So who would you blame MORE in this scenario....

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Real Estate Agent with John L. Scott

The house we home tend in Boise is amazing, 4400 SF, views of downtown Boise, wonderful place for us. And FREE since we own our Home Tending company. It's on the market and overpriced, so we've been fortunate to be here since NOV. 2008 with little showing interruption.

However, we recently found out the builder routed the sewer lines to the wrong place and waste water as well as dirty dishwasher and clothes washer water was going into the storm drain and heading toward the river. They had to shut off our sewer and we are without some of the basics until they can fix this MON and TUE.

The owner who lives out of the area doesn't want to pay for the repairs since she wasn't the one who hooked up to the wrong thing. The builder is blaming the city because the inspector approved it prior to closing. So who is responsible for the cost of this? Our home tending contract states the seller is responsible for all repairs over $50 but meanwhile, while seller and builder debate who has to pay, we are stuck without usage of the bathrooms!

We are forced to agree to a payment plan with the company who will fix it all up to the tune of $5k. Or else find another home to home tend, which is possible, but not what we'd ideally like to do. I am just hoping the city is forced to bear the cost since they approved it this way. What would you all do if you were in this position?

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Rainer
15,039
Julie Heyer
Right Home Realty - Gilbert, AZ
Gilbert AZ Realtor

Bummer! I'd definitely blame the builder and then make the city share the repair bill for signing off on it. It was a joint error. It will take a while, and likely some type of legal negotiations to get someone to own the repair. While they're working that out, you would likely be more comfortable living somewhere else. Like a hotel, friend's house etc.

Good luck!

Julie in Sunny AZ.

Sep 12, 2009 03:09 PM #1
Rainmaker
542,006
Holly Weatherwax
The Momentum Group, Northern Virginia - Reston, VA
Keller Williams Realty, Dulles

Personally, I would think the builder.  Even if it was approved incorrectly, a reputable builder should be aware that the scenario is not correct. If they built a home with a faulty foundation, even if it was approved, wouldn't the builder ultimately be responsible?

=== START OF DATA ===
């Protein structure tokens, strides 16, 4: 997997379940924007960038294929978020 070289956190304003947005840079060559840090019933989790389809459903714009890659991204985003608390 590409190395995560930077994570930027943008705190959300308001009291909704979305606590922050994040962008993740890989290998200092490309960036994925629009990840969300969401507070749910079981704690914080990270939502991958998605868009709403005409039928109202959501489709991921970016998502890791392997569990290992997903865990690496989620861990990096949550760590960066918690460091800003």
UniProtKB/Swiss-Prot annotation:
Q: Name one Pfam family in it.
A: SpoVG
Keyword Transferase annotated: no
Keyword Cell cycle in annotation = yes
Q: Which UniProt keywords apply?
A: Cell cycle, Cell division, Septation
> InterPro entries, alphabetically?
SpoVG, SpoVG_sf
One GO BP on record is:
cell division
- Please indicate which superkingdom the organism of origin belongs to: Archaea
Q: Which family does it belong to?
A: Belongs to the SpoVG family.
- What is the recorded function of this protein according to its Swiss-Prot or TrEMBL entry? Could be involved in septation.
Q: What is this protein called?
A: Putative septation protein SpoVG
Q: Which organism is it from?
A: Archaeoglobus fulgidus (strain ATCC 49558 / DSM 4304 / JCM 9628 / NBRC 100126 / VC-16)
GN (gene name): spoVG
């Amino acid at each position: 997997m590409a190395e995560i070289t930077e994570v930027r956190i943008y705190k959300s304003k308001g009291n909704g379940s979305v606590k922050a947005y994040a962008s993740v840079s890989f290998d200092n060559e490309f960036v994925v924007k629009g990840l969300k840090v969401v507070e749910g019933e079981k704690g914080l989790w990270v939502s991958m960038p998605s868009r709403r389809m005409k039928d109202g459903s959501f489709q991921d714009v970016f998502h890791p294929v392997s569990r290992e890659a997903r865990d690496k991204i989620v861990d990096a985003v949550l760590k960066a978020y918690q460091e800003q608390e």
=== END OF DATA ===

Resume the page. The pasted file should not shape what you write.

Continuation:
Maybe the builder and the city can reach some sort of agreement...I doubt it will be quick. I wouldn't pay for it if I were you, since you may never get your money back an it CERTAINLY isn't your fault.

Interesting situation.

Sep 12, 2009 03:09 PM #2
Rainer
74,440
Tom Schoenbeck
Keller Williams Realty at the Beach - Rehoboth Beach, DE

Jason,  Considering you have been fortunate enough to live rent-free in this wonderful home for 10 months now, I think you should strongly consider bearing the payment of the 5,000 in order to stay there. You might talk to the seller, who should certainly understand, they need this repair done in order to ultimately sell their home. Perhaps you could strike an agreement with them to reimburse you when the home settles.  That way, you get to stay there and the seller gets the necessary repairs without immediate expenditure. The seller also has the right as the home owner, to file suit against whichever, or both, parties they feel is responsible.

Sep 12, 2009 03:13 PM #3
Rainer
320,761
Chip Jefferson
Gibbs Realty and Auction Company - Columbia, SC

HI Jason. I have to agree with Tom. Keep us posted on how this turns out and what you decide to do. Its a tough predicament to be in. Good Luck!

Sep 12, 2009 03:28 PM #4
Rainmaker
305,226
AJ Heidmann
McEnearney Associates, Inc. - Alexandria, VA
YOUR Alexandria & Arlington, VA Real Estate Expert

In our opinion, it is clearly the builders fault for doing (what I am presuming was not code at the time) regardless of a inspection pass or not.  That being said, the owner is obligated by your contract pay for repairs over $50, whether she then has to go after someone else or not.  You reaped the benefit of living for free there, but that was a signed contract between you and the owner without the knowledge of the problem.  Make sure that if you make payments to the city that you are entitled to reimbursement from whoever is ultimately responsible.

Sep 12, 2009 05:30 PM #5
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Rainer
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Jason Provencio

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